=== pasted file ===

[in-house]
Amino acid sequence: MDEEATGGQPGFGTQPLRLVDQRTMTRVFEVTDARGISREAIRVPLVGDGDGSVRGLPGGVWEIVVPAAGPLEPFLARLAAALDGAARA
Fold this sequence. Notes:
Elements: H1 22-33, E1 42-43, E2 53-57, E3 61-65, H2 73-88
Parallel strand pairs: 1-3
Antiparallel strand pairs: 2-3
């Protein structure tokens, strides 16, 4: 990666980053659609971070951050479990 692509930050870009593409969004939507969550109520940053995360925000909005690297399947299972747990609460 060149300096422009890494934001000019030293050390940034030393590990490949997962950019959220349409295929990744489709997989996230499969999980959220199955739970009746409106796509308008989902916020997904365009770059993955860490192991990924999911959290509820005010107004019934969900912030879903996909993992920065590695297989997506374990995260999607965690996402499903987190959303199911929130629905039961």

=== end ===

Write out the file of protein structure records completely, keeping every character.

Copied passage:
[in-house]
Amino acid sequence: MDEEATGGQPGFGTQPLRLVDQRTMTRVFEVTDARGISREAIRVPLVGDGDGSVRGLPGGVWEIVVPAAGPLEPFLARLAAALDGAARA
Fold this sequence. Notes:
Elements: H1 22-33, E1 42-43, E2 53-57, E3 61-65, H2 73-88
Parallel strand pairs: 1-3
Antiparallel strand pairs: 2-3
């Protein structure tokens, strides 16, 4: 990666980053659609971070951050479990 692509930050870009593409969004939507969550109520940053995360925000909005690297399947299972747990609460 060149300096422009890494934001000019030293050390940034030393590990490949997962950019959220349409295929990744489709997989996230499969999980959220199955739970009746409106796509308008989902916020997904365009770059993955860490192991990924999911959290509820005010107004019934969900912030879903996909993992920065590695297989997506374990995260999607965690996402499903987190959303199911929130629905039961």